Country 105

Country 105

Agriculture Report

Roots of Bruce 2011


Today is final day of this year's Roots of Bruce program.


Today is the second and final day of this year's Roots of Bruce program.

It begins at 9:30 AM at the Walkerton Agricultural Society buildings.

One of the organizers Elizabeth Grant tells us the Grade 5 and 6 students will learn about a number of farm related subjects -- from safety to the environment.

Grant adds these students are at a perfect age to learn about healthy food choices.

Almost 800 students from southern Grey Bruce will visit the Roots of Bruce this year.


At one time -- soil conservation meant simply the protection from wind and water erosion.

Today, the Soil Conservation Council of Canada says it is much more than that.

Executive Director Glen Shaw says soil conservation in Canada's food producing system is now directly linked with water quality, greenhouse gas emissions, biodiversity and air quality.

He says farmers understand the connection of soil to health -- healthy soil produces healthy crops, healthy animal feed and ultimately affects the quality of all food produced.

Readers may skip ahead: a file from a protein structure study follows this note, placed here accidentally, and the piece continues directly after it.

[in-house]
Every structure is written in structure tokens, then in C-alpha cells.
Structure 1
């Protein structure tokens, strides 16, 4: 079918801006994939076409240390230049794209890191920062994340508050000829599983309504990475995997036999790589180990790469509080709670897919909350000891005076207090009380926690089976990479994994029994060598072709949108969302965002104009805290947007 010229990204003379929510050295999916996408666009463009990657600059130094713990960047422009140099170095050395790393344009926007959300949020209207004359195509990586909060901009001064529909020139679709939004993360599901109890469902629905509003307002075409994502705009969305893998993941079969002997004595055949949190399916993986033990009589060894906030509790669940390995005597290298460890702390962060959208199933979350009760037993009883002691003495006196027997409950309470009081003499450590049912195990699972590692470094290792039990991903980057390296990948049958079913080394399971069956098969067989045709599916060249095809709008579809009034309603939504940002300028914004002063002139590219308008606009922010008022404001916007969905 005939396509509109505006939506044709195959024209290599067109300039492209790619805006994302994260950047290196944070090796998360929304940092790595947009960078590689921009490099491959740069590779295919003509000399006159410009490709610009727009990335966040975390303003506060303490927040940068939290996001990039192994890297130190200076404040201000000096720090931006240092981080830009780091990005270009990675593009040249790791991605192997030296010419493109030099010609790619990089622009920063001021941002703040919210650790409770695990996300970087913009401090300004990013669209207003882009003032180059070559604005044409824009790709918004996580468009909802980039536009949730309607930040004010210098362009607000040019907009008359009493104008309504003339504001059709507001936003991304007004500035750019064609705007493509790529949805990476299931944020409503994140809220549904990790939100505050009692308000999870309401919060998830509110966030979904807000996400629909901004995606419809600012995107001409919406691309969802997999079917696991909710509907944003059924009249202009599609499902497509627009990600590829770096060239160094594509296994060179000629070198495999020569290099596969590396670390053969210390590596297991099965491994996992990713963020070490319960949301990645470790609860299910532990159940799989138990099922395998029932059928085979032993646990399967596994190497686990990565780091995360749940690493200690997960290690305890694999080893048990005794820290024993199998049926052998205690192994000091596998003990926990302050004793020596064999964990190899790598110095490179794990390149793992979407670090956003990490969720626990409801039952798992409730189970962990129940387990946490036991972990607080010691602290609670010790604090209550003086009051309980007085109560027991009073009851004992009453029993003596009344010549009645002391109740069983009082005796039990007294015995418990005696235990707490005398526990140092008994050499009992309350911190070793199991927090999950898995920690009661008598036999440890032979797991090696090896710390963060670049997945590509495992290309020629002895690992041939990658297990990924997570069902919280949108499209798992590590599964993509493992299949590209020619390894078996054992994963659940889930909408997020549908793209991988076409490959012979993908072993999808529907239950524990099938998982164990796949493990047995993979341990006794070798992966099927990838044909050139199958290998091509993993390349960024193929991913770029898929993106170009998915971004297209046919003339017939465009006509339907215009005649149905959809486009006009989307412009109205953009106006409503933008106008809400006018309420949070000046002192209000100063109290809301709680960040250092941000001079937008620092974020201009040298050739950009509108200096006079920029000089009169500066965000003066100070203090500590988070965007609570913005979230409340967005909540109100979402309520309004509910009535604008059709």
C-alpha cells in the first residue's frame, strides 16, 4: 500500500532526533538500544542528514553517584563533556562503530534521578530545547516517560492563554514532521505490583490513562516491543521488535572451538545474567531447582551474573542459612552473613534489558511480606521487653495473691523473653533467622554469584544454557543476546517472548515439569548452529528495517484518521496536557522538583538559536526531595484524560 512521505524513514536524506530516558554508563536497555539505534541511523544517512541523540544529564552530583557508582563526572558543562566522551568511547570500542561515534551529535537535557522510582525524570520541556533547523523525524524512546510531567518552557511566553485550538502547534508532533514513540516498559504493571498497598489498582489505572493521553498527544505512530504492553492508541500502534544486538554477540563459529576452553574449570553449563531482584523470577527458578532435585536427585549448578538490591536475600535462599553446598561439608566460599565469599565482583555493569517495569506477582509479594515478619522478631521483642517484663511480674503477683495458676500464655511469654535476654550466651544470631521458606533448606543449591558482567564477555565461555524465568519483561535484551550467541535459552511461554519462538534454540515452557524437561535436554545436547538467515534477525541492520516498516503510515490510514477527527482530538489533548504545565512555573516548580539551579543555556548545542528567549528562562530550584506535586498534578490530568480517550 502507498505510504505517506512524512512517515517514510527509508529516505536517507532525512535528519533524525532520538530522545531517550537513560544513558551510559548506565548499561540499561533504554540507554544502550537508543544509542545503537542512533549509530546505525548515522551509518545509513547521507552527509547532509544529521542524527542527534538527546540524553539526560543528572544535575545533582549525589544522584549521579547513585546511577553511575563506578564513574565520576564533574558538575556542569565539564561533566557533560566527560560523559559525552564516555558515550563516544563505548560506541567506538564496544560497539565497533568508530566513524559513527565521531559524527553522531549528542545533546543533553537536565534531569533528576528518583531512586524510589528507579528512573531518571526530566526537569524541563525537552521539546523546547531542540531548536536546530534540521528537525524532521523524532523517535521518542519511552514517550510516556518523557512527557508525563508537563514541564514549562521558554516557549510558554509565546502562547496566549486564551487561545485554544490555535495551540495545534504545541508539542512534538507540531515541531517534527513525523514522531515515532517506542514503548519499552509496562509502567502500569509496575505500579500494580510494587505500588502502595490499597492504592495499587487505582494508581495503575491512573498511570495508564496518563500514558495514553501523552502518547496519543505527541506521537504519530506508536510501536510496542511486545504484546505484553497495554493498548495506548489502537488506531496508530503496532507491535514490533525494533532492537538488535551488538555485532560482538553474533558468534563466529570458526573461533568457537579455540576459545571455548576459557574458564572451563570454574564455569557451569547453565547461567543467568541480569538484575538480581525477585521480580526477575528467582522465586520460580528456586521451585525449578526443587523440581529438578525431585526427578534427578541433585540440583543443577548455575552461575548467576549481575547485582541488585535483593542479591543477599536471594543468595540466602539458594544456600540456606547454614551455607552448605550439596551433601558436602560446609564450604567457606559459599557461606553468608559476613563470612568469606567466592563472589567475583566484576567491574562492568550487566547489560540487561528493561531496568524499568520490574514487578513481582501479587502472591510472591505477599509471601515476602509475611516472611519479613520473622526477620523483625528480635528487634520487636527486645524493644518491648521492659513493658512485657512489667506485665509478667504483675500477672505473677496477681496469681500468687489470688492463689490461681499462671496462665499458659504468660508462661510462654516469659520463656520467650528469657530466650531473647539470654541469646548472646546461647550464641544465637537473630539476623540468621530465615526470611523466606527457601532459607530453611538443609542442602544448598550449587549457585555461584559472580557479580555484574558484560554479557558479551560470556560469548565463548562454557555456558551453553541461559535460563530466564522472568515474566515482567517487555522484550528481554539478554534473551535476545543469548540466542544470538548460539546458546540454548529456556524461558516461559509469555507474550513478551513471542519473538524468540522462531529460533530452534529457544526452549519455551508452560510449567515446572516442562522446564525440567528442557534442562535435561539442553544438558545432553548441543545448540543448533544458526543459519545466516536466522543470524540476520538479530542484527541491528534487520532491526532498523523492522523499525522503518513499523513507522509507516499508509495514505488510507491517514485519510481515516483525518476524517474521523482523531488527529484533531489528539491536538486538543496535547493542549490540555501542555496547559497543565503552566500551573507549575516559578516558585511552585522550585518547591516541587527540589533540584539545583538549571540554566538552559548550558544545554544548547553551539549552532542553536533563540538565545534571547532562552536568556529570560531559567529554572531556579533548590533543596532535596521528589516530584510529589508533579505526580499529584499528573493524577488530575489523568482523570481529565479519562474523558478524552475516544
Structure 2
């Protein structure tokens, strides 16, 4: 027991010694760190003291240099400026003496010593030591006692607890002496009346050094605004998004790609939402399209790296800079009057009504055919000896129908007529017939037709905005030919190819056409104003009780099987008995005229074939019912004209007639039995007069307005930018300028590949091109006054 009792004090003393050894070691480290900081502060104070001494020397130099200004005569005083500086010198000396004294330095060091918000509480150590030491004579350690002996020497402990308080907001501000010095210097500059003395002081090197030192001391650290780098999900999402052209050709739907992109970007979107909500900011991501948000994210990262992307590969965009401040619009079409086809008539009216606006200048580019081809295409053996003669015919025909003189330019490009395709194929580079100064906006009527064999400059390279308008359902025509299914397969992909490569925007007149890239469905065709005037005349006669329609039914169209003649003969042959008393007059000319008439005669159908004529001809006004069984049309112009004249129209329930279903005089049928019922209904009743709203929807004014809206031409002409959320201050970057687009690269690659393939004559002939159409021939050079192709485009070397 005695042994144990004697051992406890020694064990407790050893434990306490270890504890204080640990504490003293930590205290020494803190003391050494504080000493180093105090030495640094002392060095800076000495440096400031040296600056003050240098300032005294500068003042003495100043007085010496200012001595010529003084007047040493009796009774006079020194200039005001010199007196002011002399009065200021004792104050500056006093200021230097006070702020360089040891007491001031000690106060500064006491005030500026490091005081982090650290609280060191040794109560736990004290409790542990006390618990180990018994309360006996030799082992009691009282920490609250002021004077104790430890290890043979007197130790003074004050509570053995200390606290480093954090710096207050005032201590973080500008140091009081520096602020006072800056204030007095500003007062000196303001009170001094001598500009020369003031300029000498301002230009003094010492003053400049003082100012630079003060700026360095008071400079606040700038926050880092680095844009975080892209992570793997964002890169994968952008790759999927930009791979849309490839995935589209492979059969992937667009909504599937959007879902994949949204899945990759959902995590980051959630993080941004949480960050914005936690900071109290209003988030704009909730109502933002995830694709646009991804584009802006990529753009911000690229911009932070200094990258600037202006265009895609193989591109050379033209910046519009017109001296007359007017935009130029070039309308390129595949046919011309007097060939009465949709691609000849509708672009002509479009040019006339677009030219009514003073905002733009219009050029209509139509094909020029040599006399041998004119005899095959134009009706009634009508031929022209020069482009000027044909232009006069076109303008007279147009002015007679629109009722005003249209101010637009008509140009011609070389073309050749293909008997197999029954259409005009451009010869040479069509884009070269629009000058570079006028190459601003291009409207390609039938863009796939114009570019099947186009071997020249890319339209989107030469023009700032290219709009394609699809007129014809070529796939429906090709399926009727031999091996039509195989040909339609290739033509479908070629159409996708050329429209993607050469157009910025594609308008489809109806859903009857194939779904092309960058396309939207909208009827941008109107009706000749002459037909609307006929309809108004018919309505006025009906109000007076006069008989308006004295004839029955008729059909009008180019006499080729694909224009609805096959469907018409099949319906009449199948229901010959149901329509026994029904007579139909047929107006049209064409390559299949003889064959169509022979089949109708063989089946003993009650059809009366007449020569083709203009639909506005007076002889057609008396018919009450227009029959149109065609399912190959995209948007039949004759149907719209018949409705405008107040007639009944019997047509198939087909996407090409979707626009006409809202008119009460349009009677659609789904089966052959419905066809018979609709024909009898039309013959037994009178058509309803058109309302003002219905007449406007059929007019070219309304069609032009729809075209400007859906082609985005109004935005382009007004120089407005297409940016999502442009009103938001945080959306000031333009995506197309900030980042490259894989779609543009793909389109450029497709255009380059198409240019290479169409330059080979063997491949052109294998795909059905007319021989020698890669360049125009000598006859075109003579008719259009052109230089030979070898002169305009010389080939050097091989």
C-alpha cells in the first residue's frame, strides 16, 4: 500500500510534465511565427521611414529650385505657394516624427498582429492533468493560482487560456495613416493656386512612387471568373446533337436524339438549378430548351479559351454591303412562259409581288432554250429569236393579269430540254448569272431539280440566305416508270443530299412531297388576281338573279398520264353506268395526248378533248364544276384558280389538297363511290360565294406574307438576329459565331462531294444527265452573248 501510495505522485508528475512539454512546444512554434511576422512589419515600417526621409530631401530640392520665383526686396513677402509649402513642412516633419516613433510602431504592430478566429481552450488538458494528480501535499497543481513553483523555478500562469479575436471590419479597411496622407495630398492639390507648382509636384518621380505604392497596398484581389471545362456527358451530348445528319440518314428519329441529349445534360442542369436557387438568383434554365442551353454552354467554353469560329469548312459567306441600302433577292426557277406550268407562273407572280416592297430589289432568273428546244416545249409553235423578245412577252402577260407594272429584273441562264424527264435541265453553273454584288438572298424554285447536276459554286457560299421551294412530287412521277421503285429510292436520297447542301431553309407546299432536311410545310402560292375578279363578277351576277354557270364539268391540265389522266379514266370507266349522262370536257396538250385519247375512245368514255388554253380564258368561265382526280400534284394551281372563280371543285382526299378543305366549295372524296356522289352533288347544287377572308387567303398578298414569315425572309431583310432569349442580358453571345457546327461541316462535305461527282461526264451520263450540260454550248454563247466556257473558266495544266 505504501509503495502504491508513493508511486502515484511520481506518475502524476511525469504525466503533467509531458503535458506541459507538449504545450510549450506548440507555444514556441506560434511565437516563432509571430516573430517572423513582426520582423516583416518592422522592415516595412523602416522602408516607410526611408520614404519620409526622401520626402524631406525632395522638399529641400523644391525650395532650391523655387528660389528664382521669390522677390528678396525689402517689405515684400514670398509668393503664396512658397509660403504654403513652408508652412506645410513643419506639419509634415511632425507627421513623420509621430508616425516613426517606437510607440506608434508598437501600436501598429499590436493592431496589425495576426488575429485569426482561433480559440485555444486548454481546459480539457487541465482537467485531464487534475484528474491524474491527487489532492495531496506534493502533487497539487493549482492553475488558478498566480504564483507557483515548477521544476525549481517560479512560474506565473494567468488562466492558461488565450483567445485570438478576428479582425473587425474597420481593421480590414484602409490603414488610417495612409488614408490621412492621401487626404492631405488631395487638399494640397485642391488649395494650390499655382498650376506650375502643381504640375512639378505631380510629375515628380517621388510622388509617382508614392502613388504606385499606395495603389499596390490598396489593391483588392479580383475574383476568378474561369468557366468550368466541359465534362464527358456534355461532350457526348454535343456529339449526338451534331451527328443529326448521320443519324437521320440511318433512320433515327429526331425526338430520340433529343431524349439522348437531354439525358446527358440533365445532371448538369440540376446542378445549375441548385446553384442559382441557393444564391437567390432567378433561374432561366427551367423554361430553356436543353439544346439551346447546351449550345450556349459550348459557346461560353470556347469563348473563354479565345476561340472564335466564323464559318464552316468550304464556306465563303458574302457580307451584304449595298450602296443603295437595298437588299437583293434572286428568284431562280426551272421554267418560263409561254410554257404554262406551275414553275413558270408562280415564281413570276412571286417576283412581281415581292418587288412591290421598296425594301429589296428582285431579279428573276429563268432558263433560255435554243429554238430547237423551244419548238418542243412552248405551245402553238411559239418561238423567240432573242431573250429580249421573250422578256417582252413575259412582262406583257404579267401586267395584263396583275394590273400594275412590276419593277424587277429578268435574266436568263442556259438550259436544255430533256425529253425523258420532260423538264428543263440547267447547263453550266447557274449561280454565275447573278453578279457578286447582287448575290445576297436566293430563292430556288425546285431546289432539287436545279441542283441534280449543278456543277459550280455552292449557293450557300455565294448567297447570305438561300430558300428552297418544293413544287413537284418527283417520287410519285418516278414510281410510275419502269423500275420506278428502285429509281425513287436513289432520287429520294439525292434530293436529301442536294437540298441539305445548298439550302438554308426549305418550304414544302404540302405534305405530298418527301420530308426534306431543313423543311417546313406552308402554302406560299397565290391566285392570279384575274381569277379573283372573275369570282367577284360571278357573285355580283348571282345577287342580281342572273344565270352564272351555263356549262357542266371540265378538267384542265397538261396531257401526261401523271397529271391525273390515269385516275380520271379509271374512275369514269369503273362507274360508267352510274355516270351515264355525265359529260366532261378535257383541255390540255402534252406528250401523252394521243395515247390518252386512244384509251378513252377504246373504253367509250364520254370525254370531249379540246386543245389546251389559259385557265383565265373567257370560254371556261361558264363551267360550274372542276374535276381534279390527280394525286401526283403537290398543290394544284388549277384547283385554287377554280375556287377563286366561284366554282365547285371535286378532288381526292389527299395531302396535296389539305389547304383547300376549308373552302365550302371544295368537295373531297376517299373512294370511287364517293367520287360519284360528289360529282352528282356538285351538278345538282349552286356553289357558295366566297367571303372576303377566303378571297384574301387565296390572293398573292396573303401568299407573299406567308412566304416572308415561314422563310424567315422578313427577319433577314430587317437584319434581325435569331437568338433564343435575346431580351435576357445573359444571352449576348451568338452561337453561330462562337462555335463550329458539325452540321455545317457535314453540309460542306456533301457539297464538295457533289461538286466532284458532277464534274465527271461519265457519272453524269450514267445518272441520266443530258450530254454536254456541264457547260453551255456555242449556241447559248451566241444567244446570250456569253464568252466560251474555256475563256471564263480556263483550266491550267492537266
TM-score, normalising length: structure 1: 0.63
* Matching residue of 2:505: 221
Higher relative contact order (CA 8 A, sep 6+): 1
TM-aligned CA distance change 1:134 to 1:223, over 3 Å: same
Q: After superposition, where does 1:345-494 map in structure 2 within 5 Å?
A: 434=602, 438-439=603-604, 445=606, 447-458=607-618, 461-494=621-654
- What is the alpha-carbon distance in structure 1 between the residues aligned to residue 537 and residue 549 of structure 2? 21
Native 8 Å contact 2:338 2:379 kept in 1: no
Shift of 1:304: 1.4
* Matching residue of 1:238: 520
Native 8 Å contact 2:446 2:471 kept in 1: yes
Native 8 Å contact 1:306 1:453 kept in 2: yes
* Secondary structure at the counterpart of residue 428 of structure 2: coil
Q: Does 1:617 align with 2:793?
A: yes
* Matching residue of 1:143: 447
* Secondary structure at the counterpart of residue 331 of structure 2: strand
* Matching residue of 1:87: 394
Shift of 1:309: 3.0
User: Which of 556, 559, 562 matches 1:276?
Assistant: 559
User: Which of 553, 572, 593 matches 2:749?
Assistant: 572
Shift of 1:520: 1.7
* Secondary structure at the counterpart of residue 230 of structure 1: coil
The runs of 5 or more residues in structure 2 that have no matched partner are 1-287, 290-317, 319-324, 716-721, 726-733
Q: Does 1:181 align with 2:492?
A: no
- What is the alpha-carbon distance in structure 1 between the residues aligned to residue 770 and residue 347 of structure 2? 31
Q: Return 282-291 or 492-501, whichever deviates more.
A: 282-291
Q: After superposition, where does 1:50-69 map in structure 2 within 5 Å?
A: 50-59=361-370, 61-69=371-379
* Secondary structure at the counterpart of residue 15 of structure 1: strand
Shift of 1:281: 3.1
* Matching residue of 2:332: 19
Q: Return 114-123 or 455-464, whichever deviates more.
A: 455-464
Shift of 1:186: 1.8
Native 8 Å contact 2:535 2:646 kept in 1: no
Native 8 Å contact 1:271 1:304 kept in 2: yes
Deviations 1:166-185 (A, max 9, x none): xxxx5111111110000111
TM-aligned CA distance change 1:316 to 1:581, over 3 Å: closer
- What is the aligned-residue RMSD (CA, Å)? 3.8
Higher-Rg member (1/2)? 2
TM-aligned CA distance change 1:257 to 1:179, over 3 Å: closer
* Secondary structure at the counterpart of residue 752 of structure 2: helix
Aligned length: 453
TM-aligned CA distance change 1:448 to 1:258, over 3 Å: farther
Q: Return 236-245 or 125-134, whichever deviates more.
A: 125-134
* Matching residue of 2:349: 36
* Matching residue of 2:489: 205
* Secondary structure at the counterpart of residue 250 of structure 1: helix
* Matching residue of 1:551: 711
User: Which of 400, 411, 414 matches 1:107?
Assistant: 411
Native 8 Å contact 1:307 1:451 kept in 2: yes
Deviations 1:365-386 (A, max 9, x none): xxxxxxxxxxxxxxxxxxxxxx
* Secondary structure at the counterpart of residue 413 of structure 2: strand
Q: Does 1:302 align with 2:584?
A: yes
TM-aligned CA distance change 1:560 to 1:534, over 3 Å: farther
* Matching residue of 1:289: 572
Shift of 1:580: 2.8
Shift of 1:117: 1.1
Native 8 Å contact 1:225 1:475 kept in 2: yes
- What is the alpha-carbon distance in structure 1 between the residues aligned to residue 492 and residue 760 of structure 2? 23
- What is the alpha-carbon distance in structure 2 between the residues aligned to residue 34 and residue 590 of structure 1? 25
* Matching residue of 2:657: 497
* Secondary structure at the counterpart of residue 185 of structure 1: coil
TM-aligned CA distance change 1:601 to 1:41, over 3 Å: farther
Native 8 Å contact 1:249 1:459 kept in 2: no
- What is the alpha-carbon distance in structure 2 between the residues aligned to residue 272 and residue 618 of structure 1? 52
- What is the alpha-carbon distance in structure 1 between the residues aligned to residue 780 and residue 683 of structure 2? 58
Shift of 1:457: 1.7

The future of the Canadian Wheat Board drew heated comments during an all-party debate on agriculture this week.

Prime Minister Harper promised to eliminate the board's monopoly over Prairie wheat and barley sales in 2004, and has repeated the pledge every election since.

Harper is promising this time to eliminate only the monopoly on barley sales.

Agriculture Minister Gerry Ritz blamed the opposition parties for opposing the move, saying his party only wants to bring equity to farmers across Canada.

Liberal critic Wayne Easter took issue with the recent Conservative promise to continue to fight to protect the supply management systems protecting Canadian egg, poultry and dairy producers with high import tariffs.


Canola grower associations in Saskatchewan and Alberta are distancing themselves from the Manitoba Canola Growers Association's new marketing survey.

The survey asks farmers whether they would be interested in selling some of their canola through the Canadian Wheat Board on a voluntary basis.


A long standing tradition will end in the fall of 2012 when students at Carleton North High School in New Brunswick no longer get the potato break.

The district's education council says it's ending the practice of giving students at the school two weeks off every fall to help with the harvest.

Students will still be allowed to miss 12 days of school to work on the harvest -- but they'll have to let the school know in early September that they'll be taking the time.



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